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Mercedes-Benz Future Talk “Going Virtual” in Berlin – Virtual road trip: Mercedes-Benz is bringing the joy of discovery back into the car

How will the automobile of the future become a means of transport between reality and cyberspace? This is one of the questions which Mercedes-Benz discussed with engineers, designers, scientists and journalists at this year’s Future Talk event. After Utopia and Robotics, the third Mercedes-Benz Future Talk was dedicated to virtual reality: the virtualisation of the … Continued

How will the automobile of the future become a means of transport between reality and cyberspace? This is one of the questions which Mercedes-Benz discussed with engineers, designers, scientists and journalists at this year’s Future Talk event. After Utopia and Robotics, the third Mercedes-Benz Future Talk was dedicated to virtual reality: the virtualisation of the vehicle interior as a new perception horizon in the mobility of the 21st Century.

Under the motto “Going Virtual – the Automotive Experience of the Future”, representatives from Mercedes-Benz discussed the role of virtuality in the digitised automobile with journalists from various media and interdisciplinary experts. The experts at this year’s Future Talk included Anke Kleinschmit, head of corporate research at Daimler, Ralf Lamberti, responsible for User Interaction and Connected Car at Daimler, Cade McCall, a psychologist at the Max-Planck Institute for cognitive and neuro-sciences in Leipzig, Alexander Mankowsky, future researcher at Daimler and Prof. Erich Schöls, interaction designer and scientific head of the Steinbeis research centre for design and systems in Würzburg.

Virtuality as a major aspect of digitisation

For Anke Kleinschmit, virtualisation of the automobile is an important part of the digitisation strategy at Daimler: “Virtuality makes in-vehicle digitisation directly perceivable. This makes it one of the key technologies for the mobility of the 21st Century. The car of the future will also open up a virtual space for its driver, becoming a “third place” between the home and the workplace.” Kleinschmit has many years of experience in the company as a development engineer, and has headed the research department since early 2015. She sees two important areas of research: “Firstly research into innovation, and secondly research into trends and the future. The latter provides the foundations for future innovations, so to speak.”

This means that the future of mobility is not only being researched from a technological point of view, but also in sociological, cultural and philosophical terms. Above all, we must look at the role of the automobile in society, says Kleinschmit.When it comes to the future of mobility, we asks ourself: what are people’s needs and wishes? And how can we meet these? This approach is fruitful: in 2014 Mercedes-Benz was the automobile manufacturer with the most patent applications. In the 2015 AutomotiveINNOVATIONS Award, Mercedes-Benz received an award as the most innovative premium brand.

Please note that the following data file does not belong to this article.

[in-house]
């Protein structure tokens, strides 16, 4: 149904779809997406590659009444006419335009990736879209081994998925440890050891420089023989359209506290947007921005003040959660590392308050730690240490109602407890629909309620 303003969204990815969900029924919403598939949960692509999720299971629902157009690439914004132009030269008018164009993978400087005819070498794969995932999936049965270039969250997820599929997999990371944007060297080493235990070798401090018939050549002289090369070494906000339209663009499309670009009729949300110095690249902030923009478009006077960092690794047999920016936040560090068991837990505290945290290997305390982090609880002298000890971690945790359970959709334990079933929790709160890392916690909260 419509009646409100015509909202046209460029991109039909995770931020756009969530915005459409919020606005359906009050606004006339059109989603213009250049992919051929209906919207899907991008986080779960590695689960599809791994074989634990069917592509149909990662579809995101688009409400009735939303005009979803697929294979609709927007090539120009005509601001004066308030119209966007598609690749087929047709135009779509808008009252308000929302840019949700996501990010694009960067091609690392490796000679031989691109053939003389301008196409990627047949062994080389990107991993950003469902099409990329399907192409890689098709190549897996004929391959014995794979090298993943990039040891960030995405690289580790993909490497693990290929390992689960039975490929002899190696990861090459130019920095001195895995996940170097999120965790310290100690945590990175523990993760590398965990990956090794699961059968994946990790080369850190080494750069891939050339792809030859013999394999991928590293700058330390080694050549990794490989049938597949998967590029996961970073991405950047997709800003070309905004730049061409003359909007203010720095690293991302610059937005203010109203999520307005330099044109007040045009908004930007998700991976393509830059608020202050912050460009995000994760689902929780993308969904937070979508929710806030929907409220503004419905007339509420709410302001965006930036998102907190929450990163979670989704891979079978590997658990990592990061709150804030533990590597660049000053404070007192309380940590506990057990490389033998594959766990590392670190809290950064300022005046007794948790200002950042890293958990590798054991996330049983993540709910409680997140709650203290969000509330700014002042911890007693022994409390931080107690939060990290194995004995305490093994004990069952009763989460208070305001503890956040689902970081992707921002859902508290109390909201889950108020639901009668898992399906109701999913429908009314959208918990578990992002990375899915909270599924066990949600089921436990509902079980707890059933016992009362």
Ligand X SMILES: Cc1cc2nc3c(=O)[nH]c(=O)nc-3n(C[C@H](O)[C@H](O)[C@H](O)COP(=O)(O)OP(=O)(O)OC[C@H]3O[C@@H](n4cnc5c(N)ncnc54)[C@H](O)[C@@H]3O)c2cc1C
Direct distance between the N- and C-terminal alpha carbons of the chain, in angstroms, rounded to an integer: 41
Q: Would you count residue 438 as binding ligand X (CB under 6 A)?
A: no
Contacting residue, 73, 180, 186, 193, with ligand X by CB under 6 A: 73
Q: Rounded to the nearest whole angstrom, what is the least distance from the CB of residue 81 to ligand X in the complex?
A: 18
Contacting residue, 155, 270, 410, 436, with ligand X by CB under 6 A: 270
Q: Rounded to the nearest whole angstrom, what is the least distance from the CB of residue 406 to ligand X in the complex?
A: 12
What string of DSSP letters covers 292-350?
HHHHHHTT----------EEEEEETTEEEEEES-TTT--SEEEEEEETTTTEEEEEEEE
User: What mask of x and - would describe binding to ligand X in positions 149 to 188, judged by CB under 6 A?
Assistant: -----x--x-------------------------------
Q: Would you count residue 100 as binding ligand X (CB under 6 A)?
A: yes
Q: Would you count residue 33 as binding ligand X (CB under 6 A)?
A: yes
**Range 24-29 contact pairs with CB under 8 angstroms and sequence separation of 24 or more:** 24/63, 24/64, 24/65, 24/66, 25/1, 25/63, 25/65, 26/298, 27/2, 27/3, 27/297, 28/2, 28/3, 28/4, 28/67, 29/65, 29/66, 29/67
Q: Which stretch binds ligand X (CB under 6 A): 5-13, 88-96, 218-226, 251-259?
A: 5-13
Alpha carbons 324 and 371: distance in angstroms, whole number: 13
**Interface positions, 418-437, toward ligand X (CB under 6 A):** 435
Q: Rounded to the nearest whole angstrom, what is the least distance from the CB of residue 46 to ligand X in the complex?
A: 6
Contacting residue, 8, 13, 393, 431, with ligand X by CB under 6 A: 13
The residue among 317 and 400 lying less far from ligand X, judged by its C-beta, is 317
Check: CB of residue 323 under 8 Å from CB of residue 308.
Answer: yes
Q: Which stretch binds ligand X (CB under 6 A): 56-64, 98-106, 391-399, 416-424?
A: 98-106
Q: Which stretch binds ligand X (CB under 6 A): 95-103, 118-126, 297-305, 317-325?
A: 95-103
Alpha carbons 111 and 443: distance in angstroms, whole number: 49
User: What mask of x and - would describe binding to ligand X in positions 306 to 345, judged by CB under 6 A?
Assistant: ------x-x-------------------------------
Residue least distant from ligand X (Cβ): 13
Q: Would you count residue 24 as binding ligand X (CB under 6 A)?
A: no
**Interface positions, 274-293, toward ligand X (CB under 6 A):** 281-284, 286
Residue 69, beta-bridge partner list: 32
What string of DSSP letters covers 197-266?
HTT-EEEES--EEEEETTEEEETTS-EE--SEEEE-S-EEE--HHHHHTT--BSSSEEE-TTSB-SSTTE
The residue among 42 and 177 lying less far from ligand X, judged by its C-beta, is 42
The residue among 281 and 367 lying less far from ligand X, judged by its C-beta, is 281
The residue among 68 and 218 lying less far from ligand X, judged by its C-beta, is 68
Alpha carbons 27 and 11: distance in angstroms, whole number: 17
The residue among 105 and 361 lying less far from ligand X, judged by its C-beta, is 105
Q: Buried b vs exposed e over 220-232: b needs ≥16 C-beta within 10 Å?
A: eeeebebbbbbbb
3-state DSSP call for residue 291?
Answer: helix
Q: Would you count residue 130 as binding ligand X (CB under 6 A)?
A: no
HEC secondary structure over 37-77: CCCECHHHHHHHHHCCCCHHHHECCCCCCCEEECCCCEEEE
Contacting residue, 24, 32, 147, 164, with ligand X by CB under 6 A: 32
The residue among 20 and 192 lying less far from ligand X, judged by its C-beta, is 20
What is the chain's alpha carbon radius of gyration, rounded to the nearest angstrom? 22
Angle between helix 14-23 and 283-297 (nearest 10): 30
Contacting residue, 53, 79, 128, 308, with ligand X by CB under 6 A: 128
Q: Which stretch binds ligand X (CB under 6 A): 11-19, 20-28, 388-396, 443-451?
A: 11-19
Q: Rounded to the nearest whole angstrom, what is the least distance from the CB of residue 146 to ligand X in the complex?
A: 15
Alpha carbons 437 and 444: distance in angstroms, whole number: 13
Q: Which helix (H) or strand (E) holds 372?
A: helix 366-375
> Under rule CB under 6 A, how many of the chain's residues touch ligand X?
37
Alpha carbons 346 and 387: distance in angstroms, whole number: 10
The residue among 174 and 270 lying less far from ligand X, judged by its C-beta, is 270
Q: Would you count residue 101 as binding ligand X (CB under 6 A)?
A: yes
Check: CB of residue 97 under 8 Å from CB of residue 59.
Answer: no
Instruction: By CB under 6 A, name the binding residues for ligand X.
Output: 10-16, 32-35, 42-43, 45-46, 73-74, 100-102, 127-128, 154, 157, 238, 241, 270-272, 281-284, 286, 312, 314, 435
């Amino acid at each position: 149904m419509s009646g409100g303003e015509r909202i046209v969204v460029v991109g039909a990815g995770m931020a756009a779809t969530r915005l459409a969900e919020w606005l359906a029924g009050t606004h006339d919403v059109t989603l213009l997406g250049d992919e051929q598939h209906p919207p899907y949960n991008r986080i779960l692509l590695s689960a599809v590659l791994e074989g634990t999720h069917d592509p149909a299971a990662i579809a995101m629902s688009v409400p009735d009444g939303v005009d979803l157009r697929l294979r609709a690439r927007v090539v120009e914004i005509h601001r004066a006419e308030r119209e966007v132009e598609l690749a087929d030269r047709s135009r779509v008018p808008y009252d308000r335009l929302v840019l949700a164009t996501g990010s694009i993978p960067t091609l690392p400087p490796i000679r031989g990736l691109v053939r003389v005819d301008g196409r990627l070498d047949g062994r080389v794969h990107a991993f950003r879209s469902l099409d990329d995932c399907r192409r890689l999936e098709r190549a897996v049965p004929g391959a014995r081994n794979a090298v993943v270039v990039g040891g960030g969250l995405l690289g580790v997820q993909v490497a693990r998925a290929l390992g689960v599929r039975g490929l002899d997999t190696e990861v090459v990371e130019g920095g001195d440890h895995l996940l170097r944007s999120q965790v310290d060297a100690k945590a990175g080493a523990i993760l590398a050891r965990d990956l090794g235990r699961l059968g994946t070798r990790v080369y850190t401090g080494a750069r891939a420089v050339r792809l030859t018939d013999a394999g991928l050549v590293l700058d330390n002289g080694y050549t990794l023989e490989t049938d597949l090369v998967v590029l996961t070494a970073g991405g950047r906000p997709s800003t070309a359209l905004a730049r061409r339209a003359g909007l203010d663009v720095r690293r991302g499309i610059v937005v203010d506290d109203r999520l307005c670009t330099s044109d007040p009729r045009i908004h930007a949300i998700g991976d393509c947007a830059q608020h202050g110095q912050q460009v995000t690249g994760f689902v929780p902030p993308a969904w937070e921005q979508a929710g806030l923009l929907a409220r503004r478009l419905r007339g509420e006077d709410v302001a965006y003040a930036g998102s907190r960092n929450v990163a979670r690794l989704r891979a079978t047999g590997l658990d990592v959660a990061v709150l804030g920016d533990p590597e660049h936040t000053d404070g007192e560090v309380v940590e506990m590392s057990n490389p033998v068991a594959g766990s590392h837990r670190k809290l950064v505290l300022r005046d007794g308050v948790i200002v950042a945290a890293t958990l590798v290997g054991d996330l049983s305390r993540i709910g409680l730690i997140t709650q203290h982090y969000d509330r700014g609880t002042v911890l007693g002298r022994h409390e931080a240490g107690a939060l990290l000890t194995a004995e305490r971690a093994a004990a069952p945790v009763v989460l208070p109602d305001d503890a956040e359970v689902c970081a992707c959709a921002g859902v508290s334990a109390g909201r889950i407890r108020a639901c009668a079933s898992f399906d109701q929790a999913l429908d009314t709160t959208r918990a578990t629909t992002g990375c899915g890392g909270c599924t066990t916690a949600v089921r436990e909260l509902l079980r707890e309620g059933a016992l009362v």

The virtualised automobile as a living space of the future

At the beginning of this year, at the CES show in Las Vegas, Mercedes-Benz presented some initial ideas to show how comprehensively in-vehicle virtualisation can be realised – the F 015 Luxury in Motion provides an outlook on the virtualised interior and the possibilities it opens up. The car becomes a mobile part of the Internet in which many interior surfaces act as a graphic interface and source of information. For Kleinschmit this clearly points the way forward: “The car of the future will become a mobile living space which can connect travellers to their surroundings: social, informative, anecdotal. The surroundings can tell the traveller stories or act as a playing surface. This concept is by no means new. The game “I spy with my little eye” has long helped children to shorten long journeys. It combines topography with movement to create an exciting game. I can imagine many new applications with virtualisation. Virtual and physical reality blend together playfully.”

At the Future Talk Mercedes-Benz has shown exemples of the various possbilities in a three-dimensional simulation: Passengers can see their current surroundings in daylight, even though they are travelling at night, or they can make advertising billboards and noise protection embankments disappear for an unobstructed view of their urban or rural surroundings. They can travel in time during a journey, and view the Brandenburg Gate, for example, not in the here and now, but as it was on 9 November 1989. If required they can bring information about interesting buildings or current trends in a city and amongst its inhabitants into the car, obtain a bird’s-eye view of a city or make a virtual switch-over into another vehicle to have a look around at the destination. And those who wish to work, take a break or hold a relaxed conversation might choose some purely virtual backdrop which echoes their present mood.